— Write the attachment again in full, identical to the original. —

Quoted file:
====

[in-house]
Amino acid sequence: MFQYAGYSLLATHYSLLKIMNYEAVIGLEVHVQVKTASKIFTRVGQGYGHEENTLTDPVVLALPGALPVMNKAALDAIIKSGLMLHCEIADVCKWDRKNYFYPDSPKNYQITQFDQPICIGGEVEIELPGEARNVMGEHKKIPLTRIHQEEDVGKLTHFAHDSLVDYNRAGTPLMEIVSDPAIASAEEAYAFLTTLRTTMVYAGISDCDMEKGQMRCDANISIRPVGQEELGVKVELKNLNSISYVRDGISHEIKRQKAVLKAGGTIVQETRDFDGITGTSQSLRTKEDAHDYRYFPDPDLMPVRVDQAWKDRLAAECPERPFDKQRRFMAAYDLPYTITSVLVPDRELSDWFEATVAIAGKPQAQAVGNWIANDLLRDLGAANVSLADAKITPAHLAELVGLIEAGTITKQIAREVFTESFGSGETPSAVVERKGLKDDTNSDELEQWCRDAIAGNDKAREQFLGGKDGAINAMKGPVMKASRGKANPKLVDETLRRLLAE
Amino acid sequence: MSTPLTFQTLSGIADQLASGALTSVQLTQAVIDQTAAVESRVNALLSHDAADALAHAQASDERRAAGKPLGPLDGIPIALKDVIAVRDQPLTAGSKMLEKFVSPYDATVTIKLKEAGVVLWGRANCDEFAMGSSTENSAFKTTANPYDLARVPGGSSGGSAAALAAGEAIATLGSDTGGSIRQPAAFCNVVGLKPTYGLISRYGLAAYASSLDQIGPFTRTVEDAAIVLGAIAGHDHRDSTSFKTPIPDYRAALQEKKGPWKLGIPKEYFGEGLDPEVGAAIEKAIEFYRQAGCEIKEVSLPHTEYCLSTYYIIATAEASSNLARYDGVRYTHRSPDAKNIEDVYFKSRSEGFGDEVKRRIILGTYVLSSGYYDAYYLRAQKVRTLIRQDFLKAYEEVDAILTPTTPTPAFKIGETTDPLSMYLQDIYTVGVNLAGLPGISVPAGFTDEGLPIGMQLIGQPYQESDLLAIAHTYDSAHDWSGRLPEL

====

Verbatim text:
[in-house]
Amino acid sequence: MFQYAGYSLLATHYSLLKIMNYEAVIGLEVHVQVKTASKIFTRVGQGYGHEENTLTDPVVLALPGALPVMNKAALDAIIKSGLMLHCEIADVCKWDRKNYFYPDSPKNYQITQFDQPICIGGEVEIELPGEARNVMGEHKKIPLTRIHQEEDVGKLTHFAHDSLVDYNRAGTPLMEIVSDPAIASAEEAYAFLTTLRTTMVYAGISDCDMEKGQMRCDANISIRPVGQEELGVKVELKNLNSISYVRDGISHEIKRQKAVLKAGGTIVQETRDFDGITGTSQSLRTKEDAHDYRYFPDPDLMPVRVDQAWKDRLAAECPERPFDKQRRFMAAYDLPYTITSVLVPDRELSDWFEATVAIAGKPQAQAVGNWIANDLLRDLGAANVSLADAKITPAHLAELVGLIEAGTITKQIAREVFTESFGSGETPSAVVERKGLKDDTNSDELEQWCRDAIAGNDKAREQFLGGKDGAINAMKGPVMKASRGKANPKLVDETLRRLLAE
Amino acid sequence: MSTPLTFQTLSGIADQLASGALTSVQLTQAVIDQTAAVESRVNALLSHDAADALAHAQASDERRAAGKPLGPLDGIPIALKDVIAVRDQPLTAGSKMLEKFVSPYDATVTIKLKEAGVVLWGRANCDEFAMGSSTENSAFKTTANPYDLARVPGGSSGGSAAALAAGEAIATLGSDTGGSIRQPAAFCNVVGLKPTYGLISRYGLAAYASSLDQIGPFTRTVEDAAIVLGAIAGHDHRDSTSFKTPIPDYRAALQEKKGPWKLGIPKEYFGEGLDPEVGAAIEKAIEFYRQAGCEIKEVSLPHTEYCLSTYYIIATAEASSNLARYDGVRYTHRSPDAKNIEDVYFKSRSEGFGDEVKRRIILGTYVLSSGYYDAYYLRAQKVRTLIRQDFLKAYEEVDAILTPTTPTPAFKIGETTDPLSMYLQDIYTVGVNLAGLPGISVPAGFTDEGLPIGMQLIGQPYQESDLLAIAHTYDSAHDWSGRLPEL